3) With climate change producing a thawing Arctic, Canada should negotiate a deal similar to the 1988 deal it signed with the United States concerning the Northwest Passage but in which Canadian sovereignty is more strongly asserted. The intended result of the 1988 deal was
that Canada controls the Passage while the United States gets essentially unfettered access to it. The new deal would allow for long-term Western security interests to be ensured while reassuring the United States that its commercial needs will be met. (The Northwest Passage provides a shorter path to Asian markets from the American Northeast than does the Panama Canal.)
With as much as 25% of the world’s oil resources potentially located in the Arctic, failing to negotiate a deal with the United States would be extremely dangerous over the long term. Such an agreement between Canada and the United States will demonstrate Canadian and American unity on the issue of Arctic sovereignty and will discourage Russia from intervening militarily to ensure its interests–namely domination of the Arctic’s resources and shipping lanes, possibly through the seizure of territory in Canada’s Arctic region, an act that could destabilize the North American continent.
The two options available are rather clear: either Canada asserts sovereignty over the Northwest Passage or it becomes an international strait- possibly subject to Russian and Chinese unchecked infiltration. Once Canada and the United States have reconciled their defense-related views over the Arctic, they can approach Russia together to advance the commercial interests of the three states.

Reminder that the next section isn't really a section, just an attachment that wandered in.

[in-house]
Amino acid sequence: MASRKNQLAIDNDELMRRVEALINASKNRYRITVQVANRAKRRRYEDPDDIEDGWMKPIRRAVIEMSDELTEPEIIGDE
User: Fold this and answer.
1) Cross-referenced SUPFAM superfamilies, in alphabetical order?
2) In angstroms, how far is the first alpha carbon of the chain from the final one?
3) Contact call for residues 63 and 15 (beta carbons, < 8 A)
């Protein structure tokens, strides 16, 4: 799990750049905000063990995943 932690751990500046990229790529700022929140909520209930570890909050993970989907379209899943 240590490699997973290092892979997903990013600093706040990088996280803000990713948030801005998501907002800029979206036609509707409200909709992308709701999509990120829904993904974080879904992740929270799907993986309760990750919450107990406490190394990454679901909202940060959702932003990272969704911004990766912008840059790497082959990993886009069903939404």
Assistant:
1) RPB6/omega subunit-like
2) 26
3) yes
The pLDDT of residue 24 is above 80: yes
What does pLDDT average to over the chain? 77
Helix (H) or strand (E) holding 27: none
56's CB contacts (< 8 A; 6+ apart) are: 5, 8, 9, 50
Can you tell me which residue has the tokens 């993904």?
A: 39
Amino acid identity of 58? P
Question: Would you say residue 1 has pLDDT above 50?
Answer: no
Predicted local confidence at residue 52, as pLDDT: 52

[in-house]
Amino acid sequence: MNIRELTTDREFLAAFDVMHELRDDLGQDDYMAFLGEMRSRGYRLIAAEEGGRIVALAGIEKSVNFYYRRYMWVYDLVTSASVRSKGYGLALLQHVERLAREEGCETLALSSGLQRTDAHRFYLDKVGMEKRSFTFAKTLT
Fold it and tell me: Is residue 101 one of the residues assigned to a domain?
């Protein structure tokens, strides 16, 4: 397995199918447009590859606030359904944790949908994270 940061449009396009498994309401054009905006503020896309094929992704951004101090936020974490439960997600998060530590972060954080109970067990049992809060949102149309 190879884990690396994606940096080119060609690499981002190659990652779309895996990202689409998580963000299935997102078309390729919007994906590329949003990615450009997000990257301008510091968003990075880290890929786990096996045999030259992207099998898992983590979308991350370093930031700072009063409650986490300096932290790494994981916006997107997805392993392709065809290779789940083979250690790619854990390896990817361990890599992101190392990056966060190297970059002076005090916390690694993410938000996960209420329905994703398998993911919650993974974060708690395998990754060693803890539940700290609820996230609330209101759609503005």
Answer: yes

4) The aforementioned negotiations with Russia over Arctic commerce should be pursued simultaneously with a joint ballistic missile defense (BMD) pact between the United States and Canada with Russian consent, a move that would strengthen relations between the United States and Canada and would repair the damage done by the Canadian refusal to negotiate such a deal over the last decade.
5) Canada and the United States (and eventually other NATO states) should sign an agreement on the prevention of mass atrocities abroad. Global inequality and environmental change threaten to spark more mass atrocities (war crimes, crimes against humanity, ethnic cleansing, and genocide) across the globe. These atrocities in turn often lead to the spread of pandemics, a spillover of violence across borders and the establishment of safe havens for terrorist groups, all three of which threaten the security of Western states.
Signing such a deal is particularly important, seeing as it suggests that a key way to defend liberty at home is to fight for human rights abroad. Hence, our interests and our values are intrinsically linked.
10 years after 9/11, Canada can prove two things. First, it can prove that that NATO states still have a role to play in defending liberty. Second, with the American and European political and economic scenes visibly in turmoil, Canada—at least symbolically—can become the leader of the free world.
*[This article was originally published by The Sentry on October 12, 2011].
The views expressed in this article are the author's own and do not necessarily reflect Fair Observer’s editorial policy.